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Europe leads the way in attosecond research

11 Nov 2008

Breaking the 100 as barrier and making the first movie of electron motion are just two recent milestones achieved by European researchers. Nadya Anscombe talks to key players in the attosecond community to see what the future holds.

When taking photographs of fast-moving objects you need a camera with a fast shutter speed. The same is true when monitoring the movement of atoms, molecules and electrons. Most molecular dynamics can be observed in real time using femtosecond technology, but for electron motion this is not fast enough. The time for a single revolution of an electron in the simplest atom, the hydrogen atom, is 152 as and in order to observe this in real time, researchers need a camera with a shutter speed on this atomic timescale.

To put this timescale into perspective, it is worth remembering that the relationship between one attosecond and a second is about the same as the relationship between 1 s and the entire age of the universe.

Scientists all over the world have for many years been trying to build a camera that works on this timescale. Being able to see electronic motion in real time would open up a whole new field of science and would revolutionize the way that we see the world. Just a few years ago, scientists could only dream of such a technology, but today, the impossible has become reality.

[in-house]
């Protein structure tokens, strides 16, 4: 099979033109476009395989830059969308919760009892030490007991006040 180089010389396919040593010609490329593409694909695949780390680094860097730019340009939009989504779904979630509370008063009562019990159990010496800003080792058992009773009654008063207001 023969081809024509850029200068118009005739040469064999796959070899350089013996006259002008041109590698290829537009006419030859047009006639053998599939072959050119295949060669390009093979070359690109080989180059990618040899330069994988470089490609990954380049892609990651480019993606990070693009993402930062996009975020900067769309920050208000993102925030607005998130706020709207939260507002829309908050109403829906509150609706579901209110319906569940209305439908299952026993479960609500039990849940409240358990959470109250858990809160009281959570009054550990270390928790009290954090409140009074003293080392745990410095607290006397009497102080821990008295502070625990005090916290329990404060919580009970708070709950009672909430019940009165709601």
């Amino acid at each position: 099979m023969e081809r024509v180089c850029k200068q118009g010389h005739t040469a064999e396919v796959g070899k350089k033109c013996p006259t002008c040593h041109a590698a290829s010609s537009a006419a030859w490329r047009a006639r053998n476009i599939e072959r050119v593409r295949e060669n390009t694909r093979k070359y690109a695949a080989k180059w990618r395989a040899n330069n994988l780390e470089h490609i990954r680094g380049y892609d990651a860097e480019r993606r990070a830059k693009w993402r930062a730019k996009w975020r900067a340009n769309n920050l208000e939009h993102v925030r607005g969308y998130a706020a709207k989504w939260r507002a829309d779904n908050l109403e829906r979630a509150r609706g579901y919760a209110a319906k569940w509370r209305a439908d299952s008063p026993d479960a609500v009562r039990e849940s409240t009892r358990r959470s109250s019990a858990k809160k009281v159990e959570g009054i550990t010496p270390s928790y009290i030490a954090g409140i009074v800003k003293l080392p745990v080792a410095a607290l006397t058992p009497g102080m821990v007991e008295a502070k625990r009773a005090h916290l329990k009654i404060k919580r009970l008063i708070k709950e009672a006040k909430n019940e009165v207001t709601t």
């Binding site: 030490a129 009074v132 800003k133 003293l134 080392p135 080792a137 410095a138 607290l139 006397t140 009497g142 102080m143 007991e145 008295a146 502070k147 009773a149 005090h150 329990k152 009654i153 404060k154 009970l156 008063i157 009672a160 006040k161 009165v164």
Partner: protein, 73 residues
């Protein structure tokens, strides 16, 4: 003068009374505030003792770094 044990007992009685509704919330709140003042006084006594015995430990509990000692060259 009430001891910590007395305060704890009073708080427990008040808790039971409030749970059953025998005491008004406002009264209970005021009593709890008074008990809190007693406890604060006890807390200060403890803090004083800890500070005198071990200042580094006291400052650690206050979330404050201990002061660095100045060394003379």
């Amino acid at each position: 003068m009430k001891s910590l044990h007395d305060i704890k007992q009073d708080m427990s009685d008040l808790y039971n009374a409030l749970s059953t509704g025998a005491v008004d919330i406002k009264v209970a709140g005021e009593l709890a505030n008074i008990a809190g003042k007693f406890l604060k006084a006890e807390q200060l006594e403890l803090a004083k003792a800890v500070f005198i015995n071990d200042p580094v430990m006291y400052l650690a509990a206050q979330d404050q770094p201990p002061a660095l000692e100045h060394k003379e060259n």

The progress made in attosecond science over the last few months has been staggering. And it is European researchers that are leading the way. For example, until recently attosecond spectroscopy was only possible in gas-phase targets, but this year, in Germany, researchers have for the first time used attosecond spectroscopy to observe electron motion in condensed-matter systems and on surfaces in real time; in Sweden researchers have for the first time filmed the recollision dynamics of an electron in an atom; in the Netherlands researchers have reported the first observation of attosecond time-resolved electron dynamics in the one-electron molecule H2+; it is European researchers that hold the world record for the shortest laser pulse of 80 as; and researchers in the UK still hold the record for the fastest ever measurement of molecular motion.

One reason why Europe is so strong in this field is that several years ago attosecond science networks were funded under the European Commission's 5th and 6th Framework programmes. The first such network was led by Anne L'Huillier from Lund University, Sweden.